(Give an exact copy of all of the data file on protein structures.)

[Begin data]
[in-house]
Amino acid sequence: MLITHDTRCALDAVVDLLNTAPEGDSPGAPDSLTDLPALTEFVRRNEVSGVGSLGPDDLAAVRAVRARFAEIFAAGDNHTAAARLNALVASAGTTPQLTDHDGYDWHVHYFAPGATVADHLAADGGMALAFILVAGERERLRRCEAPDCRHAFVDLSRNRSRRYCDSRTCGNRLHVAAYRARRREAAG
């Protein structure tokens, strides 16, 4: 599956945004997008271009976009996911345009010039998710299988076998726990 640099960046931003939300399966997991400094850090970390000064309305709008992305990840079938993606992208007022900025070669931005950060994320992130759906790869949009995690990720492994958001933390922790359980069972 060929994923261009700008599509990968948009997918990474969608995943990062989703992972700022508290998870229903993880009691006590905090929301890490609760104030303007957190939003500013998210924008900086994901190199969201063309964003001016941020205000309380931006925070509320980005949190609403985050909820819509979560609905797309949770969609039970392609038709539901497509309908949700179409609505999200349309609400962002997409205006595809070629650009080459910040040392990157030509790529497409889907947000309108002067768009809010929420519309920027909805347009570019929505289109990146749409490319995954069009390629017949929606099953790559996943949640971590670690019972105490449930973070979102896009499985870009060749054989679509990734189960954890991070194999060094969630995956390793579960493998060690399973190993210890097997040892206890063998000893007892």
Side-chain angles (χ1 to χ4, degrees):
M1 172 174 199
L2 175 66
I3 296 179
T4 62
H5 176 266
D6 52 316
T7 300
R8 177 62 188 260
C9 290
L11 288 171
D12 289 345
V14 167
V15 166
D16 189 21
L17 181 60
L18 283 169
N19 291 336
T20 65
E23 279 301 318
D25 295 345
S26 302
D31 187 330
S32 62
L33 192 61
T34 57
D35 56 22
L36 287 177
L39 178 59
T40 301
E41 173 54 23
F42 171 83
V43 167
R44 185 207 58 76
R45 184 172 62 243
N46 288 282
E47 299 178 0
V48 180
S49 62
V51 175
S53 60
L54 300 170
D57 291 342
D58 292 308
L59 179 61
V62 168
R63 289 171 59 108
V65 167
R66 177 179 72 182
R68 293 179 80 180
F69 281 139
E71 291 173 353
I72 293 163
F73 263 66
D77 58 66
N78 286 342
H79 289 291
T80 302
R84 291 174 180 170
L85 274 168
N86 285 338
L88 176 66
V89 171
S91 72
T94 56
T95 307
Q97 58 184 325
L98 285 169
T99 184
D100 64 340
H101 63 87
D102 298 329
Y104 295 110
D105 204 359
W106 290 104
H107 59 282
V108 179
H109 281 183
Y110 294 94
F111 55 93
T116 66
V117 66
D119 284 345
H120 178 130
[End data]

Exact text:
[in-house]
Amino acid sequence: MLITHDTRCALDAVVDLLNTAPEGDSPGAPDSLTDLPALTEFVRRNEVSGVGSLGPDDLAAVRAVRARFAEIFAAGDNHTAAARLNALVASAGTTPQLTDHDGYDWHVHYFAPGATVADHLAADGGMALAFILVAGERERLRRCEAPDCRHAFVDLSRNRSRRYCDSRTCGNRLHVAAYRARRREAAG
């Protein structure tokens, strides 16, 4: 599956945004997008271009976009996911345009010039998710299988076998726990 640099960046931003939300399966997991400094850090970390000064309305709008992305990840079938993606992208007022900025070669931005950060994320992130759906790869949009995690990720492994958001933390922790359980069972 060929994923261009700008599509990968948009997918990474969608995943990062989703992972700022508290998870229903993880009691006590905090929301890490609760104030303007957190939003500013998210924008900086994901190199969201063309964003001016941020205000309380931006925070509320980005949190609403985050909820819509979560609905797309949770969609039970392609038709539901497509309908949700179409609505999200349309609400962002997409205006595809070629650009080459910040040392990157030509790529497409889907947000309108002067768009809010929420519309920027909805347009570019929505289109990146749409490319995954069009390629017949929606099953790559996943949640971590670690019972105490449930973070979102896009499985870009060749054989679509990734189960954890991070194999060094969630995956390793579960493998060690399973190993210890097997040892206890063998000893007892």
Side-chain angles (χ1 to χ4, degrees):
M1 172 174 199
L2 175 66
I3 296 179
T4 62
H5 176 266
D6 52 316
T7 300
R8 177 62 188 260
C9 290
L11 288 171
D12 289 345
V14 167
V15 166
D16 189 21
L17 181 60
L18 283 169
N19 291 336
T20 65
E23 279 301 318
D25 295 345
S26 302
D31 187 330
S32 62
L33 192 61
T34 57
D35 56 22
L36 287 177
L39 178 59
T40 301
E41 173 54 23
F42 171 83
V43 167
R44 185 207 58 76
R45 184 172 62 243
N46 288 282
E47 299 178 0
V48 180
S49 62
V51 175
S53 60
L54 300 170
D57 291 342
D58 292 308
L59 179 61
V62 168
R63 289 171 59 108
V65 167
R66 177 179 72 182
R68 293 179 80 180
F69 281 139
E71 291 173 353
I72 293 163
F73 263 66
D77 58 66
N78 286 342
H79 289 291
T80 302
R84 291 174 180 170
L85 274 168
N86 285 338
L88 176 66
V89 171
S91 72
T94 56
T95 307
Q97 58 184 325
L98 285 169
T99 184
D100 64 340
H101 63 87
D102 298 329
Y104 295 110
D105 204 359
W106 290 104
H107 59 282
V108 179
H109 281 183
Y110 294 94
F111 55 93
T116 66
V117 66
D119 284 345
H120 178 130